Racist views expressed on the Internet have damaging consequences for social harmony and well-being. This article examines how and why individuals express support or opposition to racist behaviour in a prominent online medium: comments on news websites. Specifically, we examine how supporters and opponents of racist behaviour use a particular type of subtle discursive strategies known as moral disengagement in their online responses to three notable racist incidents that occurred in Australia in 2013. Moral disengagement strategies allow individuals to avoid distress, self-condemnation, and social-sanctions when supporting or engaging in harmful behaviour by making that behaviour appear moral and acceptable. We show that supporters, but not opponents, of racist behaviour consistently use moral disengagement strategies in their rhetoric, and demonstrate that moral disengagement provides a powerful theoretical framework through which racist rhetoric on online news websites can be understood.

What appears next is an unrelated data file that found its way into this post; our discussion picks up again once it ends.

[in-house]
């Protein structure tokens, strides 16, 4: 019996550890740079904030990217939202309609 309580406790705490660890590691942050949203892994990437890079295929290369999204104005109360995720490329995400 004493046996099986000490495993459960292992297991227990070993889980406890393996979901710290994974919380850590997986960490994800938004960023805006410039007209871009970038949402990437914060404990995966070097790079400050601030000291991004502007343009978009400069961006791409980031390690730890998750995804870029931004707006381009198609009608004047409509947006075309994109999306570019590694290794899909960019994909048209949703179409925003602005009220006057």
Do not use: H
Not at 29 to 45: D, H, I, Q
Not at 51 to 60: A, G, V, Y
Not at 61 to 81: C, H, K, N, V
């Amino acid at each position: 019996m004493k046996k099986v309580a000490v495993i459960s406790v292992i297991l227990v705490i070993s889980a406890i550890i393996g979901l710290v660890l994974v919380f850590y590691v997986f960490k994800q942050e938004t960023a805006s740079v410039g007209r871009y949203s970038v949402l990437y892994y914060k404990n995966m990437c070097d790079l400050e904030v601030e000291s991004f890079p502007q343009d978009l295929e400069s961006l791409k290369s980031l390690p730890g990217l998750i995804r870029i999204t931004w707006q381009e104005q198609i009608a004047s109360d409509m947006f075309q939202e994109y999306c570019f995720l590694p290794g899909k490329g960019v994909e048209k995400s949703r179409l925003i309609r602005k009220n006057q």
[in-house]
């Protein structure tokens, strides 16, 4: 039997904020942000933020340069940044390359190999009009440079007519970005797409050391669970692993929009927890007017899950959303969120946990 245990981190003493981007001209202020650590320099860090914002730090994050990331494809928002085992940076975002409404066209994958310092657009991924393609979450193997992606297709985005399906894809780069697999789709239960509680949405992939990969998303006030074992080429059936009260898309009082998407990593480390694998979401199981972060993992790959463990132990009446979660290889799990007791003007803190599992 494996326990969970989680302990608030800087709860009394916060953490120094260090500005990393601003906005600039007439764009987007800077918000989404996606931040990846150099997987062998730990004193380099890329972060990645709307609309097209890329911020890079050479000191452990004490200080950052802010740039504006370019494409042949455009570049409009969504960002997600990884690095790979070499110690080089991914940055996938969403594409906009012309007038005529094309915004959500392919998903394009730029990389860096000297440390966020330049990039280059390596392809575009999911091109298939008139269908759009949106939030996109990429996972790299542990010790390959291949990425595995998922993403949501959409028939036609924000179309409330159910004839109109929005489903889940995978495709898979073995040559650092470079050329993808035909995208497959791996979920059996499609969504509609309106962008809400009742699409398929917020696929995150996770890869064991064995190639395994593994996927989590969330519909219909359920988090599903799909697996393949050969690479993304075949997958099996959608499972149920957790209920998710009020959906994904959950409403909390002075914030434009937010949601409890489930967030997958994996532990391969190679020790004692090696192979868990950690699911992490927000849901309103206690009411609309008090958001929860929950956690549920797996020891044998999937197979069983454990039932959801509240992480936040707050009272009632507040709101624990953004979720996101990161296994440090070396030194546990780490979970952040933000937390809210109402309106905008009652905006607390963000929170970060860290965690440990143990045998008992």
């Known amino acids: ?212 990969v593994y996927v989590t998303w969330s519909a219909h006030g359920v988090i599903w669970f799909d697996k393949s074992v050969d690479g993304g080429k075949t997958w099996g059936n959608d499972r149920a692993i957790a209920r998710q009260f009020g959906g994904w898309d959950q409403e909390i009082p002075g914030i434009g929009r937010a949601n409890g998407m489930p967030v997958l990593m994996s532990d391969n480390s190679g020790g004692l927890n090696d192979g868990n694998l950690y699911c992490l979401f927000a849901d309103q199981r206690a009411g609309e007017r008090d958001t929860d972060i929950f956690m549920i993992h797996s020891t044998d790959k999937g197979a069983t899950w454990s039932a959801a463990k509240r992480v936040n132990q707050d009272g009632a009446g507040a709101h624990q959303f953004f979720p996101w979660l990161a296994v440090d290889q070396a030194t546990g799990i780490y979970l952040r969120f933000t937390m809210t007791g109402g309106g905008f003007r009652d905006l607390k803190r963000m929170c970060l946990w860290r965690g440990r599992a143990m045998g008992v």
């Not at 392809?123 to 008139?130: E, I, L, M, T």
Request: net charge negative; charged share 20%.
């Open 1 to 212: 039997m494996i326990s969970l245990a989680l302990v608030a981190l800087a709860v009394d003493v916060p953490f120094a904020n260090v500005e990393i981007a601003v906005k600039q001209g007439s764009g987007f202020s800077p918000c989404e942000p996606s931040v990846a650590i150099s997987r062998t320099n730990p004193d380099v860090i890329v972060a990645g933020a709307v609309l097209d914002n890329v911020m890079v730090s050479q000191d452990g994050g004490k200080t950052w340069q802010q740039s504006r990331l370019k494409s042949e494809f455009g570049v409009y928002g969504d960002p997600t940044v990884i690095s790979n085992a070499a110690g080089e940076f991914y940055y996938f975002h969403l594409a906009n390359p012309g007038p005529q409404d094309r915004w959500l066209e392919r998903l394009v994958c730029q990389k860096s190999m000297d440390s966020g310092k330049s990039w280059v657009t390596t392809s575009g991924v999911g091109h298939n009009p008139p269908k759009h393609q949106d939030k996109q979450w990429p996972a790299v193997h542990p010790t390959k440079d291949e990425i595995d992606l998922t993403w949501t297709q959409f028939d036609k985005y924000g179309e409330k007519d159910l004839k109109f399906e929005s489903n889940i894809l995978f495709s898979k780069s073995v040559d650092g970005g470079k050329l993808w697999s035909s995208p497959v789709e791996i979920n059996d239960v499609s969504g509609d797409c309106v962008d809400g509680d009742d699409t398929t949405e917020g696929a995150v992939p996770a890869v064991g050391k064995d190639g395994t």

|Number of pages||19|
|Journal||Ethnic and Racial Studies|
|Publication status||Published - 2016|
- moral disengagement